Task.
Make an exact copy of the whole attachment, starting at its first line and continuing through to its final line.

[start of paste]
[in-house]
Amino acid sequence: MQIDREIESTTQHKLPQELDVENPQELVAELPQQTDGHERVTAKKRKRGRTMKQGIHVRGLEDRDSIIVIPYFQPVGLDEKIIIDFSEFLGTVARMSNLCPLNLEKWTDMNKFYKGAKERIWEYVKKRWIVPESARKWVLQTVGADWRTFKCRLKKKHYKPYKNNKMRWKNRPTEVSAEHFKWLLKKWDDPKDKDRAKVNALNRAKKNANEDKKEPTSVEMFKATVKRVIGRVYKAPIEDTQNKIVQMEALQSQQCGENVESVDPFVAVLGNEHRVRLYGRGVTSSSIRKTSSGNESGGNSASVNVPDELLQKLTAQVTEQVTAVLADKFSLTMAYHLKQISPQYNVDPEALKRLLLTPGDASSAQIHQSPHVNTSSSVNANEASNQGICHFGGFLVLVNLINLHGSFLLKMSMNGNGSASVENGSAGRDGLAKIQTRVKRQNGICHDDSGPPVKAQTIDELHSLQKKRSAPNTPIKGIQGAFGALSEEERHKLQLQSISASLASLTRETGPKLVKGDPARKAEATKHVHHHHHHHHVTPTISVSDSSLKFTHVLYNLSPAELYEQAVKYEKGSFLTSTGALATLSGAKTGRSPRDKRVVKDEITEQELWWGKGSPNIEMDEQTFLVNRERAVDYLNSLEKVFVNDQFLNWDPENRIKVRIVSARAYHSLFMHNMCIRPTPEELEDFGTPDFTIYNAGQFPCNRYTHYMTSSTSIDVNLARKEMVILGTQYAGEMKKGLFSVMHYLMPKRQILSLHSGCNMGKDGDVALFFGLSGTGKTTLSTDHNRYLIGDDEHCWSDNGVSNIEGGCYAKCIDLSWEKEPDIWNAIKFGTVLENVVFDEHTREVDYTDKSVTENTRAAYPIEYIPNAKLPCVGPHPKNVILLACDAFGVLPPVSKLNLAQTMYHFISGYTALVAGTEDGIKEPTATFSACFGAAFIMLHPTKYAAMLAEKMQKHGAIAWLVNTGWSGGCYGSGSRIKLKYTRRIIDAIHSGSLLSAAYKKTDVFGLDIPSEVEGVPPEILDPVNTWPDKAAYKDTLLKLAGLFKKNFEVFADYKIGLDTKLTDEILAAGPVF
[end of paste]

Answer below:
[in-house]
Amino acid sequence: MQIDREIESTTQHKLPQELDVENPQELVAELPQQTDGHERVTAKKRKRGRTMKQGIHVRGLEDRDSIIVIPYFQPVGLDEKIIIDFSEFLGTVARMSNLCPLNLEKWTDMNKFYKGAKERIWEYVKKRWIVPESARKWVLQTVGADWRTFKCRLKKKHYKPYKNNKMRWKNRPTEVSAEHFKWLLKKWDDPKDKDRAKVNALNRAKKNANEDKKEPTSVEMFKATVKRVIGRVYKAPIEDTQNKIVQMEALQSQQCGENVESVDPFVAVLGNEHRVRLYGRGVTSSSIRKTSSGNESGGNSASVNVPDELLQKLTAQVTEQVTAVLADKFSLTMAYHLKQISPQYNVDPEALKRLLLTPGDASSAQIHQSPHVNTSSSVNANEASNQGICHFGGFLVLVNLINLHGSFLLKMSMNGNGSASVENGSAGRDGLAKIQTRVKRQNGICHDDSGPPVKAQTIDELHSLQKKRSAPNTPIKGIQGAFGALSEEERHKLQLQSISASLASLTRETGPKLVKGDPARKAEATKHVHHHHHHHHVTPTISVSDSSLKFTHVLYNLSPAELYEQAVKYEKGSFLTSTGALATLSGAKTGRSPRDKRVVKDEITEQELWWGKGSPNIEMDEQTFLVNRERAVDYLNSLEKVFVNDQFLNWDPENRIKVRIVSARAYHSLFMHNMCIRPTPEELEDFGTPDFTIYNAGQFPCNRYTHYMTSSTSIDVNLARKEMVILGTQYAGEMKKGLFSVMHYLMPKRQILSLHSGCNMGKDGDVALFFGLSGTGKTTLSTDHNRYLIGDDEHCWSDNGVSNIEGGCYAKCIDLSWEKEPDIWNAIKFGTVLENVVFDEHTREVDYTDKSVTENTRAAYPIEYIPNAKLPCVGPHPKNVILLACDAFGVLPPVSKLNLAQTMYHFISGYTALVAGTEDGIKEPTATFSACFGAAFIMLHPTKYAAMLAEKMQKHGAIAWLVNTGWSGGCYGSGSRIKLKYTRRIIDAIHSGSLLSAAYKKTDVFGLDIPSEVEGVPPEILDPVNTWPDKAAYKDTLLKLAGLFKKNFEVFADYKIGLDTKLTDEILAAGPVF